Activists like Geiger are going down the right track. We don’t need billionaires to “conquer space.” We need to conquer inequality.
Billionaires Won’t Save the World — Just Look at Elon Musk
(March 21, 2018) — Will Mars save humanity? Or will our savior be billionaire Elon Musk?
Musk, the CEO of SpaceX and Tesla, humbly believes we don’t have to choose. Mars will save us, he promises, and Musk himself will engineer this Mars miracle.
In 2019, Musk claims, SpaceX will start making short trips to Mars. By the early 2020s, his company will begin colonizing the Red Planet with a human population.
Why this feverish haste to set foot on interplanetary terra firma?
Musk sees a new “dark age” descending on our precious Earth. Another world war — or some environmental collapse — appears likely to threaten us with extinction, he fears.
Mars strikes Musk as our ideal refuge, the place where humankind will heroically regroup and eventually “bring human civilization back” to our mother planet.
And we can even have some fun in the process. The Mars colony that Musk envisions will have everything from iron foundries to “pizza joints and nightclubs.”
“Mars,” he quips, “should really have great bars.”
Reporters have become accustomed to this sort of visionary whimsy from Musk. The billionaire, In These Times says, has crafted his image as “a quirky and slightly off-kilter playboy genius inventor capable of conquering everything from outer space to the climate crisis with the sheer force of his imagination.”
This carefully cultivated image has proven extraordinarily lucrative.
Investors now value Tesla, his 15-year-old car company, at around $60 billion — not bad, note Wall Street watchdogs Pam and Russ Martens, for a firm that “lost almost $2 billion last year and has never delivered an annual profit to shareholders.”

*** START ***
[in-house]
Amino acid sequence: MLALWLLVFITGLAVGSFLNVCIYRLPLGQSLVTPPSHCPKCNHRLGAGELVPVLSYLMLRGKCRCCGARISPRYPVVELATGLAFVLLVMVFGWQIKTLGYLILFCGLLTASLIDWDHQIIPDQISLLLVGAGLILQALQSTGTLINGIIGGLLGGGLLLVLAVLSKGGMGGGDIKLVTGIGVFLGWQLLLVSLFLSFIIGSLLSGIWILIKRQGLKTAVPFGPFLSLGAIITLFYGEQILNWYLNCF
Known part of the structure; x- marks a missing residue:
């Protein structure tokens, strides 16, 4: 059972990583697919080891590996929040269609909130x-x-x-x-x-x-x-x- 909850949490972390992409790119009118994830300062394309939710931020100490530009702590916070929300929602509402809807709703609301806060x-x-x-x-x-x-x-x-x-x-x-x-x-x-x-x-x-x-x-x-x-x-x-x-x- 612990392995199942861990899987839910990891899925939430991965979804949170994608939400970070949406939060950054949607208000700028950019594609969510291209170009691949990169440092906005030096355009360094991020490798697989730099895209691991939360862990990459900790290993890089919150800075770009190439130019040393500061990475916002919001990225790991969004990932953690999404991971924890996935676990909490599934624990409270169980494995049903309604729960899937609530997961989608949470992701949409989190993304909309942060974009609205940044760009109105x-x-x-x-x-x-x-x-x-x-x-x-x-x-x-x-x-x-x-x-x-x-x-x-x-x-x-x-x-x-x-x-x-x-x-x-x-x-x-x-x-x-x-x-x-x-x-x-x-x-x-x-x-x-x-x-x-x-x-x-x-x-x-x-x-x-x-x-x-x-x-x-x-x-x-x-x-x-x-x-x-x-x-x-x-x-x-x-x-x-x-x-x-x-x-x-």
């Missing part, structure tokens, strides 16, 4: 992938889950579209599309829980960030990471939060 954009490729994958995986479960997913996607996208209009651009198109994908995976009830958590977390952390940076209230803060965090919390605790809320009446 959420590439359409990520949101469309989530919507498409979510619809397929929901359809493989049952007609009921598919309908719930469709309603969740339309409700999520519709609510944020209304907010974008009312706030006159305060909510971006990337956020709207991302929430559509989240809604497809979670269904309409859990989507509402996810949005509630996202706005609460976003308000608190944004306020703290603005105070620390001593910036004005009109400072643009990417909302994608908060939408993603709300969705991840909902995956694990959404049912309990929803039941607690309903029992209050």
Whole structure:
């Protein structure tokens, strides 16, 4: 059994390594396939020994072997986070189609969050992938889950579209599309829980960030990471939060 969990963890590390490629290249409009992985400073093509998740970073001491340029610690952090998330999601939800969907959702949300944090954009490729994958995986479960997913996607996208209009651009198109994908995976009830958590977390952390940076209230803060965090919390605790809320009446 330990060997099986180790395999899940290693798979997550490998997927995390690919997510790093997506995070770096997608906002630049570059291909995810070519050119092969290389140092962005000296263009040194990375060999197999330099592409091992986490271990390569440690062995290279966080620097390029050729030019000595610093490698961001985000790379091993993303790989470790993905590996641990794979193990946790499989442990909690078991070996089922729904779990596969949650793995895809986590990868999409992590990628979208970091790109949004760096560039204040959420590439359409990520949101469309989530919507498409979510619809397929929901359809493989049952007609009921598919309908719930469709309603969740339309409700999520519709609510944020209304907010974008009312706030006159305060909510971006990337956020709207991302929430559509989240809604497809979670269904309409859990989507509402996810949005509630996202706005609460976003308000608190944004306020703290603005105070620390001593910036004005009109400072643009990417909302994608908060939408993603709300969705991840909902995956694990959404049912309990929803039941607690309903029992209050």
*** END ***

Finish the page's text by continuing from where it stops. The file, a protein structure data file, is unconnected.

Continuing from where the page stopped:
But Musk remains supremely confident that his enterprise on Mars will take root and prosper. He’s betting a good chunk of his fortune on that.
Or rather, he’s betting a good chunk of taxpayers’ fortune.
Musk owes his billions, as commentator Kate Aronoff points out, to the billions in direct taxpayer subsidies his companies have received over the years — and the billions more in taxpayer-funded research into rocket technology and other high-tech fields of knowledge.
So Musk is essentially investing our billions in his own pet projects, everything from the Mars gambit to establishing a mass-market niche for high-tech flamethrowers.
None of this is going to rescue humanity anytime soon.
Indeed, if Musk really wanted to ensure humankind a sustainable future, he wouldn’t be plotting escapes to Mars or marketing flamethrowers to the masses. He’d be challenging the global economic status quo that’s left him phenomenally rich and our world phenomenally unequal.
This inequality may well pose the greatest threat to our well-being as a species. Stark economic divides invite armed confrontations.
Inequality and conflict, Norwegian scholars observed last year in a major report for the United Nations and the World Bank, remain “inextricably linked.” They found that “inequality influences the outbreak and dynamics of violent conflict,” going all the way back to the ancient Greeks.
In more recent years, researchers have made great strides in understanding the actual pathways in unequal societies that turn conflict violent. But huge gaps in the research are still frustrating our understanding.
What we do know: Hawking high-tech flamethrowers is never going to save humanity. Neither will bar-hopping on Mars.